HBC has done quite a bit of work on Dutch children's clothes. We have, however, justr begun to compile a list of Dutch clothing terms. Hopefully this will help our Dutch readers find the garment and other important pages that they are looking for. Our Dutch readers are incouraged to submit additional imprtant terms. In additiion, if you do not think the Dutch terms are translated properly, please let us know.
Afrikaans is one of the official languages of South Africa. It evolved from the language of the Dutch who began to colonize Cape Town in the 16th century. It ios primarily derived from the South Holland dialect of the mid-17th century as many Dutch settlers emmigrated from Holand at this time. It is thus fundamentally an archhaic variant of Dutch. Many words were incorporated from the languages spoken by other European settlers (English, French, and German) as well as African languages. Afrikaans gradually was simplified as language endings in the original Dutch were fropped. There were also phonetic changes. The Durch word for shoe (schoen) became skoen in Afrikann as "sch" in Dutch became "sk" in Afrikaans. Until the mid-19th centiry, Afrikaans was a spoken language and letters and diocuments were written in Dutch. With the established of the Boer Republics and economic development, there was an increasing demand for publications in Afrikaans. Gradually the language was used in newspapers schools and churches. It became an official languager for South africa in 1924, replacing standard Dutch. A Dutch reader writes, "Afrikaans tickles one's funny bone, because it seems such a primitive, child-like language, derived from 16th-17th century Dutch, enriched with some native African and Malayan words. But they always make up new words that make a lot of sense, like refrigerator = ijskassie (ice box), automobile = wa (from the word wagon), etc." HBC of course has a Dutch glossary, but not one on Afrikaans for clothing related terms. We suspect that the clothing terms are quite similar. Both languages continue to be spoken in South Africa, but the black majority strongly prefers English, in part because most associate Afrikanns with Apartheid.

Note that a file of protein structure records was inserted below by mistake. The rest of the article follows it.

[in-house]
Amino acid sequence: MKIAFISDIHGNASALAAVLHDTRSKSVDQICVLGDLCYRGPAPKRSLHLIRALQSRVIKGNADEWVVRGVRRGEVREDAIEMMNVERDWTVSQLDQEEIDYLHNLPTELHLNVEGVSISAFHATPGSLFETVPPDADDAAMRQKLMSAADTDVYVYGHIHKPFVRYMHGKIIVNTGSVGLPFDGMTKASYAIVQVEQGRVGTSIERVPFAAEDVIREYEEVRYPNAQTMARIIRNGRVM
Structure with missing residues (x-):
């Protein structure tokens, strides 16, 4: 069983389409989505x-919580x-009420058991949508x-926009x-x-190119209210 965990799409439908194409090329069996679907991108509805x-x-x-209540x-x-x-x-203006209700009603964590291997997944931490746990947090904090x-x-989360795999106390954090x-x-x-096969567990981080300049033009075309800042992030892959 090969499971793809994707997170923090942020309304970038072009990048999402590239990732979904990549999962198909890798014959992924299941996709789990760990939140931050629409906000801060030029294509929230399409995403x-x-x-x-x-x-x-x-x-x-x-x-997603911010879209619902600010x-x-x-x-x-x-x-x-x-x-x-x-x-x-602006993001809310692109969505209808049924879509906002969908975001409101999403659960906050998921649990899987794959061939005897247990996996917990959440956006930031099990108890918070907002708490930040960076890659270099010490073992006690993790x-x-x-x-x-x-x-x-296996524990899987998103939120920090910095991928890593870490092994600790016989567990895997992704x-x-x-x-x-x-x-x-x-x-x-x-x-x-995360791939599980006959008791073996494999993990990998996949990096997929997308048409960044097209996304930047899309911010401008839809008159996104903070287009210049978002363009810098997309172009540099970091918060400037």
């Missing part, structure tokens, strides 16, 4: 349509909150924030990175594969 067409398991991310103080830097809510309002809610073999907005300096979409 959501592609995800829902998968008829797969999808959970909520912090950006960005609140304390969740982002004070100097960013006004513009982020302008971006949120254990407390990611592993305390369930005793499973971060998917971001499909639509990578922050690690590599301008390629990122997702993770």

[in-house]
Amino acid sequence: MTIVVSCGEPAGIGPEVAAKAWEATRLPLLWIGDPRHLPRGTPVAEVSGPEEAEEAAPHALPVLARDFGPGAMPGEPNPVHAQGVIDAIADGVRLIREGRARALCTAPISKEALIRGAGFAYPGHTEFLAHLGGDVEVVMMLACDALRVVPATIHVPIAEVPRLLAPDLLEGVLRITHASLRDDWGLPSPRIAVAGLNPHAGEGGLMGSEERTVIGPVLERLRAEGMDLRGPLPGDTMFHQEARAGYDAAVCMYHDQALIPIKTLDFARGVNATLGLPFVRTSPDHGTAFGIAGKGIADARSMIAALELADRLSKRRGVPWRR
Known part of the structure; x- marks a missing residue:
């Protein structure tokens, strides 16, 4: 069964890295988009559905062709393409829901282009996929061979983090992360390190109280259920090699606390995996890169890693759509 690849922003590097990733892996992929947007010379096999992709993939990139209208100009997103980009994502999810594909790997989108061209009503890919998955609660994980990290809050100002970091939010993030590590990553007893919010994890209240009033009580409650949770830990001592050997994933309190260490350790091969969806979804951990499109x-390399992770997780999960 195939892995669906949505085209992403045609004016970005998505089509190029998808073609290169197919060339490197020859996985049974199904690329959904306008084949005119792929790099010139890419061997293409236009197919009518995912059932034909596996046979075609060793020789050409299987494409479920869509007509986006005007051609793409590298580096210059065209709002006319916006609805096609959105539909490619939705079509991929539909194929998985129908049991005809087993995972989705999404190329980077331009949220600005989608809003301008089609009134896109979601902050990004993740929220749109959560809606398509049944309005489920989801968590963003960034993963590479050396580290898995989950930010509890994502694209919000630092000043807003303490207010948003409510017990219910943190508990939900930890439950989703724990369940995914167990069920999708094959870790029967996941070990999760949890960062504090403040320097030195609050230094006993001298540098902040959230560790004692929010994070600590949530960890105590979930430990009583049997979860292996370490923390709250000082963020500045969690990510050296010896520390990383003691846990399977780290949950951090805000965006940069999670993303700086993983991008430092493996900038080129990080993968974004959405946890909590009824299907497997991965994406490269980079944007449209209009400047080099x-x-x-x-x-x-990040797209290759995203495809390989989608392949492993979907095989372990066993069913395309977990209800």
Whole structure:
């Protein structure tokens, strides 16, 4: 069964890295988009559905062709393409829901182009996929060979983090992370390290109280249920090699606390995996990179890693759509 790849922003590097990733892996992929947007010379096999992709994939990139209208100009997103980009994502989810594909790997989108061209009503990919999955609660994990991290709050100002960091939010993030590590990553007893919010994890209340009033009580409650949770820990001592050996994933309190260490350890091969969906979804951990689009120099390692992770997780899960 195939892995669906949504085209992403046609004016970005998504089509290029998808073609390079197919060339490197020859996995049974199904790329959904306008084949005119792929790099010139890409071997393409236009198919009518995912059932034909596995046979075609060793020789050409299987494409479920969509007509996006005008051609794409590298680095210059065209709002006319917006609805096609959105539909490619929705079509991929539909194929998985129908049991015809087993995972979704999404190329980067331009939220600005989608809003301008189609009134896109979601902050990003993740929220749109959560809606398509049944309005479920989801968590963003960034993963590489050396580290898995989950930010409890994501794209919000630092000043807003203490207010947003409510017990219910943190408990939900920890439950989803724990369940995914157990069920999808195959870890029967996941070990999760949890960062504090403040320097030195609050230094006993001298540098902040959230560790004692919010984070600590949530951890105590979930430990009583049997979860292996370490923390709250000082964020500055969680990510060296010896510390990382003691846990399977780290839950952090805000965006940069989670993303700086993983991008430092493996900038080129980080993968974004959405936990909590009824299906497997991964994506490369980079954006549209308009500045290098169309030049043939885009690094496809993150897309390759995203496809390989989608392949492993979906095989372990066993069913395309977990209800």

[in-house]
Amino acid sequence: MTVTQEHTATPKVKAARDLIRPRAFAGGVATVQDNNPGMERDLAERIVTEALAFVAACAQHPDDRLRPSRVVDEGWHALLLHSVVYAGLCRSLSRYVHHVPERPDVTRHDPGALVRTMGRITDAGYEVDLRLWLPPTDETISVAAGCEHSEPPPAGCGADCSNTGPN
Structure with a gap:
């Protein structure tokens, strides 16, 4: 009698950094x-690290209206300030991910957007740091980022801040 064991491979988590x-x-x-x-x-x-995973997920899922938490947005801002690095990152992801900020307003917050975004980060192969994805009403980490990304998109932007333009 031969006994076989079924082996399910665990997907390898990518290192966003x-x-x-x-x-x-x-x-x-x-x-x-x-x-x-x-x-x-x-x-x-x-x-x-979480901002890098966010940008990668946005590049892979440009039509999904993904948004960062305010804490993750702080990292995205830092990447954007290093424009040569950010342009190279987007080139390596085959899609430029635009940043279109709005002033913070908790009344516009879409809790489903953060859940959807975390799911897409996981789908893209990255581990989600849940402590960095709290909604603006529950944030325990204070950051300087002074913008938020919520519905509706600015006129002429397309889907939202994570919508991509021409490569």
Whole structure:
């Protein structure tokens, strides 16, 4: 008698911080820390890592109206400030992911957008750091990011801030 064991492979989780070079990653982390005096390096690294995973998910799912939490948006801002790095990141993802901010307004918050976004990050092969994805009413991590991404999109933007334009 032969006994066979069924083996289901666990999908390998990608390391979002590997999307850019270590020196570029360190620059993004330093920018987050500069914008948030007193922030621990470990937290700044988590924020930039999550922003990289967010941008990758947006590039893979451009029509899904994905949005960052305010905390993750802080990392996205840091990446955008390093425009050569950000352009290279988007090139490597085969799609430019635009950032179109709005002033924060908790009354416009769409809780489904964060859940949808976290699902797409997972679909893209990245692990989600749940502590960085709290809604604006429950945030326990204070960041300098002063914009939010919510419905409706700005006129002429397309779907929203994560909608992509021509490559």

(Een) moffenbroek : A derisive term for lederhosen is "een moffenbroek" which you might translate as "Jerry pants". My dictionary says that "mof" is equivalent to "jerry", "hun" or "kraut". Just pick the most offensive term.
Muts : Muts is a general term for headwear including verets and bonnets like the svcotting tam.
Nachthemd : Nightshirt
Nethemd : Singlet
Onderbroek : Undershorts, briefs
Onderhemd : Undershirt
Pagekopje : The Dutch refer to the bangs or fringe hair style as a "pagekopje" (page boy cut).
Pak : Suit
Pantoffel : Slipper, house shoe
Pet : Cap
Piama : Pyjamas
(Een) plusfour : A pair of knickers is "een plusfour" (singular, like almost all Dutch names for trousers). In English plusfours are a particular kind of knickers which have extra material and are very baggy. I'm not not sure if the Dutch term has the same significance.
(Een) pofbroek : Another name for knickers is "een pofbroek", litterally "puff" trousers.
Regenjas : Raincoat
Ribcord : Ribcord is another term for corduroy.
Ribfluweel : Ribfluweel (fluweel-velvet) is used for the velvet kind of corduroy.
Rijbroek: "Rijbroek" meaning litterally riding trousers is a pair of long pants/trousers blousing at the thigh and close-fitting from the knee to the ankle. Most have a leather seat. The British call them "jodhpurs" after the city of Jodhpur in Rajasthan. Dutch rijbroek should not, however, be confused with British jodpurs which were mostly worn by children for riding. This mean a relatively small number of children from affluent families. Most British boys never wore jodpurs. A Dutch reader tells HBC that rijbroek were commonly worn by Dutch boys during the winter instead of short pants and not just for horseback riding.